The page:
Does Katy Perry's Video For 'Dark Horse' Play Off Egyptian Stereotypes?
Katy Perry is my spirit animal. She’s so quirky but doesn’t give two craps whether you like her or not, which is one of the many reasons why I love her. She’s also not one to shy away from things like bras shooting whipped cream and dressing up like a sexy version of Jane Porter. I constantly defended her when all my friends bashed Roar, and I was likely the biggest fan of her performance for Dark Horse at the 2014 Grammys. Yet after the singer finally released a music video for "Dark Horse", featuring rapper Juicy J, a big WTF came to mind. I don’t understand.
The Egyptian-themed video begins with a scene showing a small boat floating down what we can only assume is the Nile River, with the words “Memphis, Egypt… a crazy long time ago,” appearing across the screen. Look. I lived in Cairo, Egypt for six years, so I wasn’t going to let this one slide even though I do love everything-Katy Perry. But when the camera zoomed in onto the boat, and I saw Perry dressed as what I’m sure is supposed to be Cleopatra (because I think that’s the only historical fact people know of Egyptian women), I thought, “Oh lord, here come the stereotypes.” Cleopatra wasn’t actually Egyptian by the way, so I’m just throwing that out there for you now. However, she did identify with the Egyptian goddess Isis.
For all we know, Perry could have been Hathor (goddess of love) considering she actually refers to Aphrodite in her song lyrics, who is the goddess of love in Greek mythology. She even could have been Bast, the cat goddess, by the amount of white cats there were in this video. But then again, everyone immediately thinks, “Egypt? Cats” so I hope this wasn’t the case. Maybe Perry wasn’t portraying a goddess at all, but was Queen Nefertiti, the wife of Pharao Akhenaten, or Queen Tiye, the wife of Pharao Amenhotep. However, since I’m assuming many might not understand the historical references in her video, I’m going to go ahead and say she probably was Cleopatra meets Isis as you’ll later see her standing at the top of a pyramid with outstretched wings. This is typically symbolic of the goddess Isis.
I really wish she had chosen someone else to portray, though, because it always seems that every Egyptian theme typically comes accompanied with Egyptian stereotypes. It probably would have been best to avoid this altogether, or to at least enlighten her audience with other powerful women in Egypt’s rich history, which definitely didn't include this:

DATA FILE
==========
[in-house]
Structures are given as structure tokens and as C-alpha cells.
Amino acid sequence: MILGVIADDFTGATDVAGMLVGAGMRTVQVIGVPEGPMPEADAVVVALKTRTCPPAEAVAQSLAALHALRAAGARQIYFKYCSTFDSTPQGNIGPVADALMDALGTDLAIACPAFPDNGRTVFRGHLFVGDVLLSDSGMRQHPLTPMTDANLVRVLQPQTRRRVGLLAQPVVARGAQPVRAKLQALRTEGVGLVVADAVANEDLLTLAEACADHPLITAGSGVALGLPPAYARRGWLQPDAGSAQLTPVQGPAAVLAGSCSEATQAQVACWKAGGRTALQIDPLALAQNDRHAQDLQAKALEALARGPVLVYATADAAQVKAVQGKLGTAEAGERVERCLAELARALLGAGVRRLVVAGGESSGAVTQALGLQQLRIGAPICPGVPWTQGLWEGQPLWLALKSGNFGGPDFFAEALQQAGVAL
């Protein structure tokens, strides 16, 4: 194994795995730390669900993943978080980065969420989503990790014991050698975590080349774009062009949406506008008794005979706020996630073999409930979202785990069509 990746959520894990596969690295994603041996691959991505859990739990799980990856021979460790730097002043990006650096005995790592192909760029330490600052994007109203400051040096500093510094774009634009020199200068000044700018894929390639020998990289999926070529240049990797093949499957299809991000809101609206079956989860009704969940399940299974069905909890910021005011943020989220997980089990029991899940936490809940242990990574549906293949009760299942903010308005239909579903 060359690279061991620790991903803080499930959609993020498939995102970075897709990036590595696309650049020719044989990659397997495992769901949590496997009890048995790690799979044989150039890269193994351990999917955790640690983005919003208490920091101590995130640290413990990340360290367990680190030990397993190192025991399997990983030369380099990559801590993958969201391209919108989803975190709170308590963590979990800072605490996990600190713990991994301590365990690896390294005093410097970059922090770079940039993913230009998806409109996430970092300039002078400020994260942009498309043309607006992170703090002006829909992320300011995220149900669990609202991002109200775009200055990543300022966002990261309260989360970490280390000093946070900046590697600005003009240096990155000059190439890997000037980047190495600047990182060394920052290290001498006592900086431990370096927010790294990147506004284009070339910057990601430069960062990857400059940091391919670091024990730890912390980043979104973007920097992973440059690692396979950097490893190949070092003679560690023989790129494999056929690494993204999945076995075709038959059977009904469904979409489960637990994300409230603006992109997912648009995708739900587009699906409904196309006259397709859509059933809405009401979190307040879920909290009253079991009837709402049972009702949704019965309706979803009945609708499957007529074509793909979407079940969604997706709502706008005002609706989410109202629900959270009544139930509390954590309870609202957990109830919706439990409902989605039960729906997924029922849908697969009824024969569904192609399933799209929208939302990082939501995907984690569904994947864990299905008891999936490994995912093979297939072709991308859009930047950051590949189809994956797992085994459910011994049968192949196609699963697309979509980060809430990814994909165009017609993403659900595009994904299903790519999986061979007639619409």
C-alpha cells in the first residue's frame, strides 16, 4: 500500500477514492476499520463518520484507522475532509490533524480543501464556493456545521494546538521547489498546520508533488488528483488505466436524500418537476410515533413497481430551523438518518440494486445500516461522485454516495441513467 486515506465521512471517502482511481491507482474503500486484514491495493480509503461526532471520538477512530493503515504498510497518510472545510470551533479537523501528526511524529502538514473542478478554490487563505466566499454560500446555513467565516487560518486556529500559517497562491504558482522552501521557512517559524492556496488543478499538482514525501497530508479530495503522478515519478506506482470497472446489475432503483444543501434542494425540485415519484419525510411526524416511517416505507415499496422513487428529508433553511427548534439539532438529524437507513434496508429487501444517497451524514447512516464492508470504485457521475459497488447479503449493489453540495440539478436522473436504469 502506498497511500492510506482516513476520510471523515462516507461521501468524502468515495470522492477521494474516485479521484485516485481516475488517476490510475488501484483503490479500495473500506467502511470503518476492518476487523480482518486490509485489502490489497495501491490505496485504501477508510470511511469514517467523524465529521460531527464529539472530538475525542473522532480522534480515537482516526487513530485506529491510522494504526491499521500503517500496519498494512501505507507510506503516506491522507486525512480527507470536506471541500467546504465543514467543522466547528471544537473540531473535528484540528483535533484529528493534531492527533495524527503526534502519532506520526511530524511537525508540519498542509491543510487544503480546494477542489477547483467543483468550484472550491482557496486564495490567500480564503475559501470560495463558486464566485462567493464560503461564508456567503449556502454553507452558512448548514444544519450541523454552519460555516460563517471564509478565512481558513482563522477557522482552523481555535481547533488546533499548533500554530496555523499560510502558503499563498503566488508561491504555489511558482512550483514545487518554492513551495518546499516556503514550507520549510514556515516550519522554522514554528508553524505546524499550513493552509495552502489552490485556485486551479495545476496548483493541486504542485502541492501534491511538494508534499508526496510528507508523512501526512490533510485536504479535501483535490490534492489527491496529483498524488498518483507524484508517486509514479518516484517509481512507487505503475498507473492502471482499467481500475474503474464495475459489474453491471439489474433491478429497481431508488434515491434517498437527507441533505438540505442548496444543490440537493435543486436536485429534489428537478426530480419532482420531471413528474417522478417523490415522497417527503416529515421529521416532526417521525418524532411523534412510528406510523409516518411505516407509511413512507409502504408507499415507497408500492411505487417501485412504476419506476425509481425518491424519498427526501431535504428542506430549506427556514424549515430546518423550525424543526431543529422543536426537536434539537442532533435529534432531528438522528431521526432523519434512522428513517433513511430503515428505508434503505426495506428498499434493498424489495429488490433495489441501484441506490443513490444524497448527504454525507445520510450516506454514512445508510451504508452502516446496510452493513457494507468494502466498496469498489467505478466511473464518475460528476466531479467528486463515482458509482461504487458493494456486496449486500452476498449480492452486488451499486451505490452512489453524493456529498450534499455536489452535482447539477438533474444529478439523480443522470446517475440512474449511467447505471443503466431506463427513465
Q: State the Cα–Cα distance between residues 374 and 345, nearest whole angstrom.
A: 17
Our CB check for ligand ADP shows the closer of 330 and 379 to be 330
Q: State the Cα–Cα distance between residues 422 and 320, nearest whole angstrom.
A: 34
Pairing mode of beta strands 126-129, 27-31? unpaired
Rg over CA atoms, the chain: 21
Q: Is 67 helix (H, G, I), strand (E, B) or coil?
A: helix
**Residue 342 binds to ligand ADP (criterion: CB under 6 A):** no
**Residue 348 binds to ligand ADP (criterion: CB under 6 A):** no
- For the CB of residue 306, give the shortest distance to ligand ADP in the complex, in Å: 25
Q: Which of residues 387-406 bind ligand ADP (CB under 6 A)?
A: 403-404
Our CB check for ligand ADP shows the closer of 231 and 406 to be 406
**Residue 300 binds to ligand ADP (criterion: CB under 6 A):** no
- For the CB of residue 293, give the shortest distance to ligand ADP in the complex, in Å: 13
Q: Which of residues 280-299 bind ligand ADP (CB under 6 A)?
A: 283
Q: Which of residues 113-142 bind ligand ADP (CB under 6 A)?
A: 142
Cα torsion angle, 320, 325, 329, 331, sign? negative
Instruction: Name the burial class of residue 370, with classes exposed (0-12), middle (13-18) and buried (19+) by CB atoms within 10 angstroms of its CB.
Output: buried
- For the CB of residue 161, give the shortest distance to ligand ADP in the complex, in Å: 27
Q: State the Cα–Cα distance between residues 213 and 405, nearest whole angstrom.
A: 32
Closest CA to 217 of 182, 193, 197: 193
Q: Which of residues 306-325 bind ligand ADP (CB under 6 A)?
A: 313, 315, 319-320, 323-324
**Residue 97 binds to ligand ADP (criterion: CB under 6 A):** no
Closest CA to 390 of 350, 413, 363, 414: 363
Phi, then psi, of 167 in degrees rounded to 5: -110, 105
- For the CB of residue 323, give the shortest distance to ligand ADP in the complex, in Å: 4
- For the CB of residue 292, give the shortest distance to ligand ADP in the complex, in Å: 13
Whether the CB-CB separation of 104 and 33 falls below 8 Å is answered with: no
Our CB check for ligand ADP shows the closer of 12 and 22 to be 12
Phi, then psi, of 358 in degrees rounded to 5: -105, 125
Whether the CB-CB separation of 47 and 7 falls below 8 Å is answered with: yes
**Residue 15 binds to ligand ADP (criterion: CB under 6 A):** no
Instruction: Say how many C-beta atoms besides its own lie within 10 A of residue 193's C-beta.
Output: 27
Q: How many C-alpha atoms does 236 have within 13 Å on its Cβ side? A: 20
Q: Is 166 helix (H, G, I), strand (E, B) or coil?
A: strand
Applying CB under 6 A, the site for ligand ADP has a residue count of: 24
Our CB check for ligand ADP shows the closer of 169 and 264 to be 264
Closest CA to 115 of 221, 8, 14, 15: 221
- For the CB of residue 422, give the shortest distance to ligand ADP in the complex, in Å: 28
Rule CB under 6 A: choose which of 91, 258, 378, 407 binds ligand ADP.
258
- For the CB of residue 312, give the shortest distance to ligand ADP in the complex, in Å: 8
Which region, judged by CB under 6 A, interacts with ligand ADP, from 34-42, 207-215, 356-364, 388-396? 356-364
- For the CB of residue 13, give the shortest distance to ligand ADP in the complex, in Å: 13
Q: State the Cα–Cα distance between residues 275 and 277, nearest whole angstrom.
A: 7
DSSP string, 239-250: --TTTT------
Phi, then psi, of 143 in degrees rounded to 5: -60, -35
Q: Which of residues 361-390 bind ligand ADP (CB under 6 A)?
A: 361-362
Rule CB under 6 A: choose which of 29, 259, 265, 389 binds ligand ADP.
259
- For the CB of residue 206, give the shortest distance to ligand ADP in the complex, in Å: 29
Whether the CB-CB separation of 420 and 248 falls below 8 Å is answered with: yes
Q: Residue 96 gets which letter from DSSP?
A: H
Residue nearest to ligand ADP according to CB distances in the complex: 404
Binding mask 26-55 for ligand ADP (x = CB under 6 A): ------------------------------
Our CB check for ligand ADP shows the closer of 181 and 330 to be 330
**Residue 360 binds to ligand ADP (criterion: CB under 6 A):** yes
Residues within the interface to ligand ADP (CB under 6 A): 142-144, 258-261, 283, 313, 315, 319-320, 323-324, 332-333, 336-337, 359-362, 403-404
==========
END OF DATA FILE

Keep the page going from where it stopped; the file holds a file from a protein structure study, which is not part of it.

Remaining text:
And while I can appreciate the use of bright, neon colors to add some modernity to her video — I even admired the use of sneakers as a choice in Pharaoh foot apparel — it seemed odd that we had to go and add Twinkies and Cheetos to the mix. After seeing various men bring their offerings to her, a platter full of the two brand name snacks makes its way down to the throne. We see Perry eat one spicy Cheeto and she immediately zaps one of the male characters, turning him into a goblet of water, which some cats then bring to her. Casual.
Later, Juicy J tries his hand at wooing Perry with a golden chariot but she’s not having that either. A dog also makes its way down the aisle, but she shoos it away because… I don’t know. I know she likes cats, (hence Kitty Purry) but is this making a statement about her personal life or the fact that Egyptians worship cats? They don’t actually. Cats flock the streets of Egypt, but so do dogs, and I don’t know anyone who went to a mosque to worship cats. People don't ride camels to work either, so I'm happy that wasn't incorporated into the video. Yeah, trust me. People actually believe that.
The video finally ends with her accepting the last gift, a giant pyramid, from a suitor who she then turns into a dog with a human head. I’m not sure if this is supposed to be a statement about men being dogs (haha just kidding, kind of) but that’s all I got from it. But of course people are probably going to assume this is King Tutankhamun (King Tut for anyone who is confused) because of the headdress he is wearing at the end. I can’t.
Others may beg to differ, but the music video didn’t really do anything for me. In fact, I think it took away from the message of her song, which is all about helping women feel more empowered and standing up to men. Basically, if you’re in a relationship with Perry, you better be in it for the right reasons. Yet her video, while visually stimulating, seems to say that we’re all gold diggers and will only accept the best in material items from the man we’re with, otherwise we’ll just zap them into sand or something. Nope. Not feeling that. However, simply because I will always love Perry, I can forgive her this one time.